All About Dinosaur Teeth
Dinosaur teeth are among the most plentiful fossil finds, and paleontologists have been able to learn a lot from them. In fact, the discovery of iguanodon teeth in 1822 is said to have been the catalyst of dinosaur study in the Western world. The size and shape of a dinosaur tooth tells scientists what type of animal they are looking at, which order of dinosaur the animal belonged to, and what the animal ate. For example, many herbivores, or vegetation-eating animals, had triangular teeth that were designed for cutting or slicing plant life. Meat-eaters like the tyrannosaurus had teeth that were long, curved, and sharp; one edge of their teeth was typically serrated like a modern steak knife to help the animal tear up meat.
- Saurischians are the oldest of the two orders of dinosaurs. They had a “lizard-hipped,” or downward-pointing, pelvic structure.
- In addition to being “lizard-hipped,” saurischian dinosaurs had grasping hands with asymmetrical fingers, which are used to identify them.
- There are two sub-groups of saurischians: sauropods, which have long necks, and theropods, which can be identified by the movable joint centered in their lower jaw.
- Up to 100 species of sauropods are known to have lived during the Upper Triassic and Late Cretaceous periods.
- These herbivores are the biggest animals that have ever walked on the earth.
- Some sauropods had flat spatula-shaped teeth, while others had teeth that were more peg-like.
- Though “theropoda” means “beast-feet,” “bird-like” is a more accurate description of these dinosaurs’ feet.
- Theropods were a carnivorous sub-order that included huge beasts like the tyrannosaurus.
- It is widely believed that birds are descendants of theropod dinosaurs.
- Theropods couldn’t boast a perfect smile, but humans can get one with an Ocala cosmetic dentist.
- There are almost 400 species of this dinosaur order; they have backward-pointing pelvises and are also known as “bird-hipped.”
- Ornithischians date to the early Jurassic period and include armored dinosaurs like the stegosaurus.
- Ornithischians were herbivores that had teeth that were either blunt or leaf-shaped.
- The stegosaurus is one of the most well known “bird-hipped” dinosaurs. They lived in Colorado, Utah, and Wyoming as well as in Europe, China, and South Africa.
- Stegosaurids have been found around the world, from Asia and Africa to Europe and North America.
- The narrow-snouted stegosaurids were probably picky eaters that didn’t gobble many types of vegetation at one time.
- Hadrosaurs roamed the earth between 65 and 205 million years ago and were as large as 33 feet long.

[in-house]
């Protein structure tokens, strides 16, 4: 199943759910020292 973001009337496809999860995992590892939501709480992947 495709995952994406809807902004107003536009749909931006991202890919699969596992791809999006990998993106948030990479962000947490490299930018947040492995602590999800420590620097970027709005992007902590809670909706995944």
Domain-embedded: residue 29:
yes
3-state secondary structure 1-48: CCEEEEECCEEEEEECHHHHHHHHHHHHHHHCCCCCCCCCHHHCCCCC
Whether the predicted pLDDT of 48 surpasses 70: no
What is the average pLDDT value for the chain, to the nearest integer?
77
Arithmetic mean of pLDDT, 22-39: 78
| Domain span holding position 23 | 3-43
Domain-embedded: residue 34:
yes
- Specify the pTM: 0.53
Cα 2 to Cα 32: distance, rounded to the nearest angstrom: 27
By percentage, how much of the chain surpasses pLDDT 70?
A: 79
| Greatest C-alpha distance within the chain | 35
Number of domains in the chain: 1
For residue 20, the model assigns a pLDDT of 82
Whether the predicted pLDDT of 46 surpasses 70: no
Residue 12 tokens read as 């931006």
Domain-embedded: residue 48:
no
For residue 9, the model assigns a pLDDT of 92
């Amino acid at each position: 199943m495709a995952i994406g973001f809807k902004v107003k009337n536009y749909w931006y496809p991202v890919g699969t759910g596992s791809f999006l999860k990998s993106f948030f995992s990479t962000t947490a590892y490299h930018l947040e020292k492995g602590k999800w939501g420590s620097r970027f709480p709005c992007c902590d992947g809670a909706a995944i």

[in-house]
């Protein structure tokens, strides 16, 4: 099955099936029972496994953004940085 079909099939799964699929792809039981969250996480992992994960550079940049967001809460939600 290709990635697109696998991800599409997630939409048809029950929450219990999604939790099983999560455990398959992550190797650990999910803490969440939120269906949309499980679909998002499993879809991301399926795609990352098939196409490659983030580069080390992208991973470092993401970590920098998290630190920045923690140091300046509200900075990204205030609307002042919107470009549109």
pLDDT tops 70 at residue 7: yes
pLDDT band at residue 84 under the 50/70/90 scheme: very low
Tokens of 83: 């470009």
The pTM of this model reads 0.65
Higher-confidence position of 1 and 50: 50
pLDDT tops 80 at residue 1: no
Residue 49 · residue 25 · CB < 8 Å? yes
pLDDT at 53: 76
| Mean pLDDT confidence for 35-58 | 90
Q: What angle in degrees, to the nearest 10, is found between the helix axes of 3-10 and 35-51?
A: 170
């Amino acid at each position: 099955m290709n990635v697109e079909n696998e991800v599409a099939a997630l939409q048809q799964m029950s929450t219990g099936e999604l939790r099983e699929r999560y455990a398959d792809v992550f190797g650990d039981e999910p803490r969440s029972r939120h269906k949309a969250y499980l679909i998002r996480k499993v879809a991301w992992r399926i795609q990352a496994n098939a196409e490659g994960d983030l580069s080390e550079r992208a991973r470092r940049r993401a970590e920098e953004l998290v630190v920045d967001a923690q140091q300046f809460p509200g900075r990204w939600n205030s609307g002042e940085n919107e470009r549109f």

- A large number of hadrosaur tracks found in Denali National Park indicate that these animals lived in the Arctic all year.
- Hadrosaurs had bumpy skin and hoof-like feet; they probably lived near but not in water.
- Iguanodontids had large back legs and smaller forearms; their fossils are often constructed as bipedal, but these dinosaurs may have been able to walk on two or four legs.
- “Iguanodontid” means “iguana tooth,” and this animal’s teeth were leaf-shaped with long ridges on the side, much like those of a modern iguana.
- In 1825, the first complete dinosaur skeleton was described; it belonged to an iguanodontid. This animal had three toes and is believed to have stood on its hind legs.
- Iguanadontid teeth would certainly be no challenge for skilled Ocala orthodontists.
- Heterodontosaurus was a small, fast dinosaur; the dinosaur’s maximum size was only about three feet long.
- Heterodontosaurus had five fingers on each hand, two of which were opposable.
- Heterodontosaurus means “different-toothed lizard“; it got its name because unlike most lizards that only have one type of tooth, Heterodontosaurus had three types of teeth and is thought by some to have been an omnivore like man.
- Diverse diets can damage teeth and cause pain, but an Ocala sedation dentist can take the pain out of getting damaged teeth repaired.
- Ceratopsians are considered the rhino of dinosaurs because they were horned, had a beak and a frill, and grew quite large.
- Triceratops is the biggest and best-known of the ceratopsians; it had three horns on a skull that was more than six feet long.
- Scientists believe that the ceratopsians’ frill was related to jaw mechanics and that it allowed the animals to chew more powerfully.
- Ankylosaurs were awkward-looking animals. Their back legs were longer than their front legs, and while they only grew about four feet tall, they could be as much as six feet wide.
- Ankylosaurs had heavy body armor and club tails; they were relatively flat animals that would have been difficult for predators to attack.
- Ankylosaurs had strong cheeks and triangle-shaped teeth that were made for slicing and plucking vegetation.
- Ornithomimids, the ostrich dinosaurs, are the fastest dinosaurs and easily much quicker than velociraptors.
- Ornithomimid fossils discovered near Alberta, Canada, indicate that feathers covered this dinosaur.
- Though ornithomimids were typically toothless, many scientists believe that they were likely omnivores and that they ate small animals as well as vegetation.